A ground-breaking study that’s currently underway in New Zealand is a potential gamechanger for the early detection of glaucoma.
This study is one of many research projects, supported by Glaucoma NZ, that are being undertaken by New Zealand researchers to try and save unnecessary sight loss for thousands of Kiwis. Many people have no idea that they even have glaucoma, which is why it’s commonly referred to as ‘the thief of sight’.
Dr William Schierding and Professor Helen Danesh-Meyer are conducting the research. They are using machine learning (AI) to develop a revolutionary glaucoma risk score for individuals that better predicts the likelihood of developing glaucoma based on environmental and biological profiles. This research is important as vision loss caused by glaucoma cannot be repaired, but further eyesight loss is preventable with early detection and treatment.
The research findings will enable health providers to proactively target high-risk groups through earlier identification of those with high-risk profiles. This will ensure that limited resources can be prioritised to deliver better community outcomes.
This Glaucoma Awareness Month, Glaucoma NZ is highlighting the importance of this and other research, educating Kiwis about glaucoma, and promoting regular eye health checks for those aged over 45. Their annual Awareness Month kicked off on 01 March, with the highlight being World Glaucoma Awareness Week from 6 to 12 March.
It is estimated that 50,000 New Zealanders are unknowingly living with glaucoma, one of the leading causes of irreversible blindness. Glaucoma is a group of eye diseases that damage the optic nerve. Most people experience no symptoms in the early stages and the only way to know if you have it is to have an eye test.
It took just eight weeks for Jack Pierce’s life to be turned upside down following his diagnosis with glaucoma. At 59 years old, Jack attributed the deterioration of his sight to natural aging and like many Kiwis, he wore over the counter (hobby) glasses to help with reading. He was in the supermarket when he noticed that the fluorescent lights made his eyes water and his vision appeared blurry.
He was referred to an eye specialist who told him bleakly, “I can help with better prescription glasses for the pterygium (natural deterioration of vision), but you have a far bigger problem… glaucoma.” Within two months of seeing blurry lights in a supermarket, he had lost his driver’s license, lost his job and his life had changed forever.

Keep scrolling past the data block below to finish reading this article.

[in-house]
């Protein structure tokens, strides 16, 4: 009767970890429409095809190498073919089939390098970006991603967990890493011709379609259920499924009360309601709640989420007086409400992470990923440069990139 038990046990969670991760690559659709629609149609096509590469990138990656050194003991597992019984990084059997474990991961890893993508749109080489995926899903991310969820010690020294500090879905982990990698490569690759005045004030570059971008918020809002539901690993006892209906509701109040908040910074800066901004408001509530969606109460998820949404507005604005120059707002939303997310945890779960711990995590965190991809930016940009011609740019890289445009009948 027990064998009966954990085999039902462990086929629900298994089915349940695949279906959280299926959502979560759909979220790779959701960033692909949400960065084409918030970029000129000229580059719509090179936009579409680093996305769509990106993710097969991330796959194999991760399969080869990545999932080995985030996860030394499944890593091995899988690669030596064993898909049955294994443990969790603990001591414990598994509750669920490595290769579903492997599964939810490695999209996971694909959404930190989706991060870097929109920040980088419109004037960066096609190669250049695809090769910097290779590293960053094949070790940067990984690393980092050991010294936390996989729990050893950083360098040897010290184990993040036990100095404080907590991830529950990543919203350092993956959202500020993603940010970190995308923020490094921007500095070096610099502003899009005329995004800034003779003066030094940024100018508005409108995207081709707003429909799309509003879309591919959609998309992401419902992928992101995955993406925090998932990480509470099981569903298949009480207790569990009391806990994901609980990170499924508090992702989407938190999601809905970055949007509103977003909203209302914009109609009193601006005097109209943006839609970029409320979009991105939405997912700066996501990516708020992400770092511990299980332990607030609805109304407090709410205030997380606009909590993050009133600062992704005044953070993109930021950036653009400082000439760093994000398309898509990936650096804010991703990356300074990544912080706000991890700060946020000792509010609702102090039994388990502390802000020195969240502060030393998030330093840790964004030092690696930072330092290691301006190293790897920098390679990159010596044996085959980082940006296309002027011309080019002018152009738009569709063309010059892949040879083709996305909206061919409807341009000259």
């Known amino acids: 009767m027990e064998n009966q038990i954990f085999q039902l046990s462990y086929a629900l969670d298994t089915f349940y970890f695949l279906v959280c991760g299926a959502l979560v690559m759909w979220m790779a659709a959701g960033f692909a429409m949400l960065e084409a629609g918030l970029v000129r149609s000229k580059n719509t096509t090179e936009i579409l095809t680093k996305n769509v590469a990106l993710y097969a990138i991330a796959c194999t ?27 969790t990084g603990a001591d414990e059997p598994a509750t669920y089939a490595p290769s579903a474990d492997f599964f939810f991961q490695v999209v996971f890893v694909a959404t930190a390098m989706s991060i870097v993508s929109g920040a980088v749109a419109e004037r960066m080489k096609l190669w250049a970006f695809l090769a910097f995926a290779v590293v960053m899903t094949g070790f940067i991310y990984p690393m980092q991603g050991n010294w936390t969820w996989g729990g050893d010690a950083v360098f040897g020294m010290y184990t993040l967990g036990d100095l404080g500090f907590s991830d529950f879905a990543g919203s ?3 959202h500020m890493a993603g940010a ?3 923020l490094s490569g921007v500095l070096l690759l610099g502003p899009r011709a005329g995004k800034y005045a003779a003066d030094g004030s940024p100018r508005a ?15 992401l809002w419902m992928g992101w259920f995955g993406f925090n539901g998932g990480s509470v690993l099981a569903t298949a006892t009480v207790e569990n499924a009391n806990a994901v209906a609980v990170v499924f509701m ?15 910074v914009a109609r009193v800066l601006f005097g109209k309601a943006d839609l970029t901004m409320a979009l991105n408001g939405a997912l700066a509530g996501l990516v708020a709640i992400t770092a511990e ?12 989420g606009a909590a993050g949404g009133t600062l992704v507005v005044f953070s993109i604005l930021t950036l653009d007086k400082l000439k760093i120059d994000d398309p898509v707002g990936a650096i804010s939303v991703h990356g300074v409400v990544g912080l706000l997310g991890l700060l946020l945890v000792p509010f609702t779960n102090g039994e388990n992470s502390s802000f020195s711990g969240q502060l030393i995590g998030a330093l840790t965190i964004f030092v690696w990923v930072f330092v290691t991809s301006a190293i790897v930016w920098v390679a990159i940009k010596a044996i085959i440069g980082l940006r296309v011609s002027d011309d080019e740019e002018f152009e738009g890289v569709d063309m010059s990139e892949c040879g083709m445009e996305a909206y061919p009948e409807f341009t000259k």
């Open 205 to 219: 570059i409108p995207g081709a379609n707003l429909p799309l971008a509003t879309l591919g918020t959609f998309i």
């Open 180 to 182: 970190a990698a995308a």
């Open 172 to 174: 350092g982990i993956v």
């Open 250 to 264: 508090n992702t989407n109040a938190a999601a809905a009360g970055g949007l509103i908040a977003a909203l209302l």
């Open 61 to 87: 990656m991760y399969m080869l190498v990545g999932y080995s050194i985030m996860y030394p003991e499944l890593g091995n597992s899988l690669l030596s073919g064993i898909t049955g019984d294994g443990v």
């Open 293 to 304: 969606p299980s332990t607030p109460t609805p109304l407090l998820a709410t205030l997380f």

“I never thought it would affect me.…. and I thought the ready-made reading glasses I’d bought from the supermarket were improving my vision, but now I realise how important eye health checks are and encourage everyone over 45 to book theirs in with their local Optometrist today”; Pierce says.
With the help of his eye care specialist, and support from Glaucoma New Zealand, and his family and friends, Pierce has started to adapt to life with glaucoma. He has a new job, conveniently in the same company as his son who can drive him to work, and he is enjoying the freedom his e-bike gives him to hit the tracks on his day off. His eye drops have his eye pressure under control to help to prevent further eyesight deterioration.
Professor Helen Danesh Meyer, Chairperson of Glaucoma NZ says; “The research supported by Glaucoma NZ is one of the many ways that we help to reduce unnecessary eye loss due to glaucoma for New Zealanders like Jack. The invaluable information that research such as this provides will enable us to direct our limited resources into priority areas and provide benefits to those who need it most.”
“This Glaucoma Awareness Month, we’d like our message to reach as many Kiwis as possible and find those 50,000 of us, such as Jack, who are living unknowingly with glaucoma. The best way to protect your sight is to have a regular eye test including an optic nerve check – it’s simple and painless.”
This month, as part of their Eye Believe campaign, Glaucoma NZ are asking the public to submit their ideas about what can be achieved with investment into glaucoma research and education to go into the draw to win prizes. In conjunction with sponsors Specsavers, Clinicians and One Foundation, they are challenging all health professionals to join them to encourage 45+ Kiwis to get an eye health check and reduce unnecessary blindness from glaucoma.
For more information about Glaucoma New Zealand visit Glaucoma New Zealand.